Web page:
Bonuses and staff lay-offs increase public dislike of banks, while the Government also sticks the knife in

Bankers and bonuses go together like strawberries and cream, but they leave a nasty taste in the mouth for those who are struggling to simply keep their jobs right now. It is just over a year since the Royal Bank of Scotland (RBS) and Lloyds Banking Group were bailed out by the Government, and in early November, both banks agreed to defer bonuses for this year and break up their businesses in return for more government support. Each bank said it would not pay discretionary cash bonuses for 2009 to any staff earning above £39,000.

 Research supplied by Echo Sonar

However, this did not silence the media when it came to criticising the banks and their bonus systems, especially now, as the Government strikes a further blow against them. In his pre-Budget report on 9 December, chancellor Alistair Darling announced a one-off tax on bank bonuses over £25,000. But is the Government simply trying to gain good publicity by picking on bankers’ bonuses, and what can the banks do to improve the way they are perceived?
 
One idea tried this summer by Barclays and HSBC was to liken their senior staff to more popular public figures. As the Guardian.co.uk reported on 3 August, “the banks compared their high-flyers to footballers and Hollywood stars to try to explain the need for the hundreds of thousands of pounds individuals are expected to receive this year.” And according to www.chinapost.com on 10 September, executives from Credit Suisse Group AG, Morgan Stanley and Deutsche Bank AG also tried to defend bonuses by saying they were good for business: “’Bonus payments alone have not caused the financial crisis,’ Credit Suisse Vice Chairman Urs Rohner told the annual Banks in Transition conference”.
 
Those working to boost the profile of bankers are really struggling at the moment, especially following the backlash Lloyds received after its announcement of its latest bonus payments. Mirror.co.uk, summed up national feeling on 5 December with its headline: “Fury at Lloyds £18million handout for bosses as job and pay for frontline staff are slashed.”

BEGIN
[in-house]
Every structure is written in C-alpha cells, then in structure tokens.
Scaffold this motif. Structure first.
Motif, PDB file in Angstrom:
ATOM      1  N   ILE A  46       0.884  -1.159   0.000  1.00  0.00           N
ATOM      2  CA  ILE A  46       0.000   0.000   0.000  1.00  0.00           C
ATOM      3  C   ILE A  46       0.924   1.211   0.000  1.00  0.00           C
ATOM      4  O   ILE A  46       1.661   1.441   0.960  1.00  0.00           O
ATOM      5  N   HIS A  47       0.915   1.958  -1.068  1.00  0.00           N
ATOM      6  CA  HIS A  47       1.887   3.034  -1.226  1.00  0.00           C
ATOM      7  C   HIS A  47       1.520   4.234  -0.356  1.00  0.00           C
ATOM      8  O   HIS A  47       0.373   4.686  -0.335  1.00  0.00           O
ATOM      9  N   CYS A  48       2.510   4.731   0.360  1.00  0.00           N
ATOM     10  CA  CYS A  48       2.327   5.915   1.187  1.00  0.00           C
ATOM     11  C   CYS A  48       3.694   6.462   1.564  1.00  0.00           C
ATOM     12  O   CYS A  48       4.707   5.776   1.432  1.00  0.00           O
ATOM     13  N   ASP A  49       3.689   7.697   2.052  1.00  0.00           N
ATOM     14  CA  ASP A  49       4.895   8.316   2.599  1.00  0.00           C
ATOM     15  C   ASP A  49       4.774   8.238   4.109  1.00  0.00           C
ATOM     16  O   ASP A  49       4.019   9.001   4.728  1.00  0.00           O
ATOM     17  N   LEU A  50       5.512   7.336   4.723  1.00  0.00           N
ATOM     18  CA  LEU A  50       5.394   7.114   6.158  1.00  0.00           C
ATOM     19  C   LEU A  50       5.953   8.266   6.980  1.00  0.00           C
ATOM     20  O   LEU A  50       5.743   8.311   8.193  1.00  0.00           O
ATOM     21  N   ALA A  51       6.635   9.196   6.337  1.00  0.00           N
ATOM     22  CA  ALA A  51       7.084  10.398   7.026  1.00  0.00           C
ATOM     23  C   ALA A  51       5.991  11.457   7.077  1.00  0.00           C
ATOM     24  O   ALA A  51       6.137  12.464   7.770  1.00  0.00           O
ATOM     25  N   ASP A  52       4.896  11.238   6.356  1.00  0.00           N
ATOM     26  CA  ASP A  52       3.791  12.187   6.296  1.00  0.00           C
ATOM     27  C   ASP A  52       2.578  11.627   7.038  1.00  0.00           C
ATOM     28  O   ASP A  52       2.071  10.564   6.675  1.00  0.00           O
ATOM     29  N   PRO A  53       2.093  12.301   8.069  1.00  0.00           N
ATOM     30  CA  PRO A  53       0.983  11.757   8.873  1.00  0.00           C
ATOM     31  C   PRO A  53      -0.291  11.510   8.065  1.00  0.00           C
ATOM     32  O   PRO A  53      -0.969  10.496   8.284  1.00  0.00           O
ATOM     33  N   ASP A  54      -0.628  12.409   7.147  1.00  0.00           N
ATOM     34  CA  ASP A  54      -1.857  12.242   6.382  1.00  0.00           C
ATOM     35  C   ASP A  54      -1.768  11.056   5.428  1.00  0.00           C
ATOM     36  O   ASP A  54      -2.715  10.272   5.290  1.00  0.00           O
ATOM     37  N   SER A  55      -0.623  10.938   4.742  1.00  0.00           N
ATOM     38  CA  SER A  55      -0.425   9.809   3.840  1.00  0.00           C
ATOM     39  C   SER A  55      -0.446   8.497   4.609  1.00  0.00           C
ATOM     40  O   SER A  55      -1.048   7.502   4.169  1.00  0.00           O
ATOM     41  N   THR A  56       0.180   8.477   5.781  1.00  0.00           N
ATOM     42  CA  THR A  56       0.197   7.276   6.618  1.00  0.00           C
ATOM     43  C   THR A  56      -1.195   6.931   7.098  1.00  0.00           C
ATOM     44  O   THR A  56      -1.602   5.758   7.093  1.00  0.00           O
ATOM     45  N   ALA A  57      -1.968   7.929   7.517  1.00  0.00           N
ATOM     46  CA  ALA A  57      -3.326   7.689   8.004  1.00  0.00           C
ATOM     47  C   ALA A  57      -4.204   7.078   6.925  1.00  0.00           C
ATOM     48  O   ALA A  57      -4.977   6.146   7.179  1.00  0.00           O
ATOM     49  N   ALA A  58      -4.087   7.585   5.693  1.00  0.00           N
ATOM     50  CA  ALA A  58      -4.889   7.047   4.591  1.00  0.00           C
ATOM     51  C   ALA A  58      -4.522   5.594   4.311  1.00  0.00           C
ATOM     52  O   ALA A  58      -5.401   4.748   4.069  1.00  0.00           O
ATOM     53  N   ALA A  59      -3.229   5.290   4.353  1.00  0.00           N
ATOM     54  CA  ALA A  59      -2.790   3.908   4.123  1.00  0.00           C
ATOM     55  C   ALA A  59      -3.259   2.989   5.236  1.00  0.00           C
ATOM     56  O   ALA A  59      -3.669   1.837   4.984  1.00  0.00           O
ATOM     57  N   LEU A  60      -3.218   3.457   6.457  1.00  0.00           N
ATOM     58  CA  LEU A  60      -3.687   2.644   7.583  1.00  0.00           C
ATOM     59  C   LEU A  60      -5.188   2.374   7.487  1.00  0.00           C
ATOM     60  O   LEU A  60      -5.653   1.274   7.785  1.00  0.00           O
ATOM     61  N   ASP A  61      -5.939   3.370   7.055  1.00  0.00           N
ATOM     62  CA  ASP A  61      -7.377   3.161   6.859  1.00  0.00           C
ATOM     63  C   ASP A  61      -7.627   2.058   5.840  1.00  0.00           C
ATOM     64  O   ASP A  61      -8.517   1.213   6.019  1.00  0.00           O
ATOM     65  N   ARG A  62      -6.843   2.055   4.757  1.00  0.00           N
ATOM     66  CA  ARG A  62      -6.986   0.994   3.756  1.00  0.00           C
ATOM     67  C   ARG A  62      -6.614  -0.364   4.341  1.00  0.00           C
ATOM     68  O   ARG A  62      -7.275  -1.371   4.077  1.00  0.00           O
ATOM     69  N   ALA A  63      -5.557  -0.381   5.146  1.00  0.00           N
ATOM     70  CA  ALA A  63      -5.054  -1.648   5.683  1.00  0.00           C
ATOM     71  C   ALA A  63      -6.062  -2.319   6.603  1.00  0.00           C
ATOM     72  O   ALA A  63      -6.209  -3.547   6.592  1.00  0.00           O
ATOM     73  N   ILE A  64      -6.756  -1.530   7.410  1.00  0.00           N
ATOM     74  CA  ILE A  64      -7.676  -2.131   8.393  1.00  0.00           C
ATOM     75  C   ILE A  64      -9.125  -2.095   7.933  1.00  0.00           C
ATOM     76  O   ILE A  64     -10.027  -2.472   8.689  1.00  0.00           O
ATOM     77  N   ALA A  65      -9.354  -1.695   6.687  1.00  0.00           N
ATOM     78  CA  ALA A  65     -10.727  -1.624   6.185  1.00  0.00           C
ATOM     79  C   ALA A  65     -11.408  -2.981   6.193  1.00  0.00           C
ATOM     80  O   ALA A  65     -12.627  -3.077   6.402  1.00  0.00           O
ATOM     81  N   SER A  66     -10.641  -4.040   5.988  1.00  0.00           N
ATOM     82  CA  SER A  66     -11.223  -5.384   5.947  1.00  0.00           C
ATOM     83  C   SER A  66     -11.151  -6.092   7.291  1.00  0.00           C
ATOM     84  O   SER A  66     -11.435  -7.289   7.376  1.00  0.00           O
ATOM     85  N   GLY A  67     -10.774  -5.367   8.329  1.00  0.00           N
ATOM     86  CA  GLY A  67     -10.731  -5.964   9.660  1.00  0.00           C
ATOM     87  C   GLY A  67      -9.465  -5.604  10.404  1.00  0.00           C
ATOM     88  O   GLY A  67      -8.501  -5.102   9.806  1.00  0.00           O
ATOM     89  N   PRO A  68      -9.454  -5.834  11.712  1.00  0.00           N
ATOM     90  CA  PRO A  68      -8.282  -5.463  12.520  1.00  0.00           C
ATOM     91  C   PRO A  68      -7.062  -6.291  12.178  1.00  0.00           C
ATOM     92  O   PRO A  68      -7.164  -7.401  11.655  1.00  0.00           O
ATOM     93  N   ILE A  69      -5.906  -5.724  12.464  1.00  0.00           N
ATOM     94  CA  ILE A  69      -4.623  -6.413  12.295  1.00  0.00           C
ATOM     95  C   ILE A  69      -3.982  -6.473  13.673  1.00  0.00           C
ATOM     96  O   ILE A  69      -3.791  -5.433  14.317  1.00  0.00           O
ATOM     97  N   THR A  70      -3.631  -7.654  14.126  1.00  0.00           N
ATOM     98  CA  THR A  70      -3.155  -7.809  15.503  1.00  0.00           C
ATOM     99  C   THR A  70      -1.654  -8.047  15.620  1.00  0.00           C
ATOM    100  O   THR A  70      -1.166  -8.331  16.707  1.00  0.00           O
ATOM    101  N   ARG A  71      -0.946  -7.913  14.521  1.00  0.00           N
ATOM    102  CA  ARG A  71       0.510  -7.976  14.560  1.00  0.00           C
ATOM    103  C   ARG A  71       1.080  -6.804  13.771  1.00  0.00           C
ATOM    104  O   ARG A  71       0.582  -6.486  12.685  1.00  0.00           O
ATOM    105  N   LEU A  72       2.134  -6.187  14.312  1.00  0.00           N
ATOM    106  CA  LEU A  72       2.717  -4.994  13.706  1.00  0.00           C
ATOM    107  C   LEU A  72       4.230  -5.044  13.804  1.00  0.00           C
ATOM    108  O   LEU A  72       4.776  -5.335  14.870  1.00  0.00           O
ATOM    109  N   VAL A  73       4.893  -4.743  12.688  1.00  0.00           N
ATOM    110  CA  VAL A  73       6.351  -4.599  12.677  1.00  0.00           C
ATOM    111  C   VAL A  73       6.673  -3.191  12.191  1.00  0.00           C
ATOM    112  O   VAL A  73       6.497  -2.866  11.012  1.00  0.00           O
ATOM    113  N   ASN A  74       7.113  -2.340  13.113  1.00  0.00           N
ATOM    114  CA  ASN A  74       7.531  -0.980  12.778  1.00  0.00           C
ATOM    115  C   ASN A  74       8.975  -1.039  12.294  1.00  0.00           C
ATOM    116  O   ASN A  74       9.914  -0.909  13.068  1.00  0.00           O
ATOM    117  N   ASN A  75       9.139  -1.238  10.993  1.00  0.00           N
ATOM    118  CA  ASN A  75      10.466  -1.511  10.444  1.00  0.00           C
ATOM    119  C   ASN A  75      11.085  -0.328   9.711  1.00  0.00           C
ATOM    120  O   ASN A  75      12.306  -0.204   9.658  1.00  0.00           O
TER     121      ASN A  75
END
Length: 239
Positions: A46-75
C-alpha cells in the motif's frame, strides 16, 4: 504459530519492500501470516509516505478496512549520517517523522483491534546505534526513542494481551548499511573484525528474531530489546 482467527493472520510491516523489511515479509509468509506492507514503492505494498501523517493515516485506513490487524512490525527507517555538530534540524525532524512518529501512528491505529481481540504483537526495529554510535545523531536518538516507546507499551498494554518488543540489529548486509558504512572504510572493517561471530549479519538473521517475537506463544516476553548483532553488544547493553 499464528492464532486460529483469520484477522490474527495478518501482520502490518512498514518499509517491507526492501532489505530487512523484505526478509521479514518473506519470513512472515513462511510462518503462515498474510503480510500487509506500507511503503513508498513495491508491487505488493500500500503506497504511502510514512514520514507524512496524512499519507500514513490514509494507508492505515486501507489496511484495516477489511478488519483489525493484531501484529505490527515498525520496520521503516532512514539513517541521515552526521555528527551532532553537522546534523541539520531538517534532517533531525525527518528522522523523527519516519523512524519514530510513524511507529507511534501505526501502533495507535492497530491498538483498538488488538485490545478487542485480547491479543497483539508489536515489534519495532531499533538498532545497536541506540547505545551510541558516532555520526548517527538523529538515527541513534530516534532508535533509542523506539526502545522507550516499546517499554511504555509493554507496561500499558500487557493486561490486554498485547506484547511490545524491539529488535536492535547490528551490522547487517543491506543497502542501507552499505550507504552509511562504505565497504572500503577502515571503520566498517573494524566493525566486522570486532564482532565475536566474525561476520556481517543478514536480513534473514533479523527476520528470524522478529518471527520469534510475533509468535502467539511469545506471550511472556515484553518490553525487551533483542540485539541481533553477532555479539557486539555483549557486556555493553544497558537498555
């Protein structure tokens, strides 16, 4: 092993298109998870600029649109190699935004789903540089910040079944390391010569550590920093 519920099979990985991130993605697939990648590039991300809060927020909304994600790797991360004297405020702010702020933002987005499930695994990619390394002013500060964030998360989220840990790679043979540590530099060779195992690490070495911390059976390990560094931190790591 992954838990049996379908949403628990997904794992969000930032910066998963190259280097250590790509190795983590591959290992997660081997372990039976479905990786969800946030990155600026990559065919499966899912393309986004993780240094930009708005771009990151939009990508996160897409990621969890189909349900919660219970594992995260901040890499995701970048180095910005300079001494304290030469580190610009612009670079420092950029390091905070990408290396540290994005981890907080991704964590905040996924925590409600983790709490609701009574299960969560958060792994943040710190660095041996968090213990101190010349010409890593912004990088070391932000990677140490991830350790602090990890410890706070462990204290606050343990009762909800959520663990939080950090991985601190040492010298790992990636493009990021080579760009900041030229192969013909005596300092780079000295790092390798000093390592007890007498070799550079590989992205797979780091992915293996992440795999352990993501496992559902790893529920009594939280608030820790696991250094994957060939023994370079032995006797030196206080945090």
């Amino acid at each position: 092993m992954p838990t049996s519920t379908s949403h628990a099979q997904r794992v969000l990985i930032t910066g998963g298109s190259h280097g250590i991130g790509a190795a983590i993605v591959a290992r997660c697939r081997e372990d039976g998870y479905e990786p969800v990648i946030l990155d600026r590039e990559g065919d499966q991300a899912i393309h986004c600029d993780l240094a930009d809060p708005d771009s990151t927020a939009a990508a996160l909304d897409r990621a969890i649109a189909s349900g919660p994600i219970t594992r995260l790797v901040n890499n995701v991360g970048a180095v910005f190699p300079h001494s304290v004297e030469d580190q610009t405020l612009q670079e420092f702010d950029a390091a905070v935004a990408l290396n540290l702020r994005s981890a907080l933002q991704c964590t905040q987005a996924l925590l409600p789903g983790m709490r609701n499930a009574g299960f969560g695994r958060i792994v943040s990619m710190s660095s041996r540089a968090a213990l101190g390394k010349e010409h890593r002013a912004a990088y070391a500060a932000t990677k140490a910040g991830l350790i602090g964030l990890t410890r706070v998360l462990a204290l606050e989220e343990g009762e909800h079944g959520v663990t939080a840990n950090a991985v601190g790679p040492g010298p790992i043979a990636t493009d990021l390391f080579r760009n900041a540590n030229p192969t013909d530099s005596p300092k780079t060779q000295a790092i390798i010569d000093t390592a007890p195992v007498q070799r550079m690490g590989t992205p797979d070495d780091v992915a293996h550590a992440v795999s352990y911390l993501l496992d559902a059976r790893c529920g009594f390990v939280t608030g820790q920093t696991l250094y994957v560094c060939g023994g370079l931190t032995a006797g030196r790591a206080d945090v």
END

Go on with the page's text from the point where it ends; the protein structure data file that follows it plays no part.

Research supplied by Echo Sonar
 
Lloyds may dread seeing the word ‘bonus’ in the headlines next to its name, but according to research sponsored by PRmoment, the words ‘job cuts’ are causing it more grief. Analysing online coverage of Lloyds and RBS in the last month shows that RBS has slightly more coverage and that bonuses are the main topic of stories for this bank. For Lloyds, there are over three times more mentions of job cuts than bonuses, and bonuses are mentioned only a third as often as in RBS stories. Job cuts news often focuses on unions’ outrage, for example on 11 November, Independent.co.uk reported: “Unions reacted with fury yesterday after Lloyds Banking Group announced another round of job cuts. The company is planning to axe 5,000 posts by the end of next year, part of the continuing fallout from the shotgun wedding of Lloyds TSB with HBoS that rescued the latter from likely collapse.”
 
It may be a struggle for the PR machines at Lloyds and RBS to come up with strategies to defend themselves now, especially as it looks like the Government is using banks as a scapegoat. However, Andy Barr, co-founder of PR agency 10 Yetis, who previously worked in financial services PR, believes the banks could have handled the press more successfully, although he admits it is tough right now, as the banks: “are getting battered from every angle”. His advice is for the banks to get more involved in community projects to get grass-roots support. In the corporate world he suggests: “They should try to be more transparent, and less obstructive in responses to questions. If they had been open from the start and managed responses better, rather than using delaying tactics, they would be in a better position now.”
 
Methodology

PRmoment asked Echo Sonar to analyse all UK media coverage of Lloyds Banking Group and Royal Bank of Scotland . The research period was from 9 November until 8 December 2009. Metrics included share of voice and topics.

 


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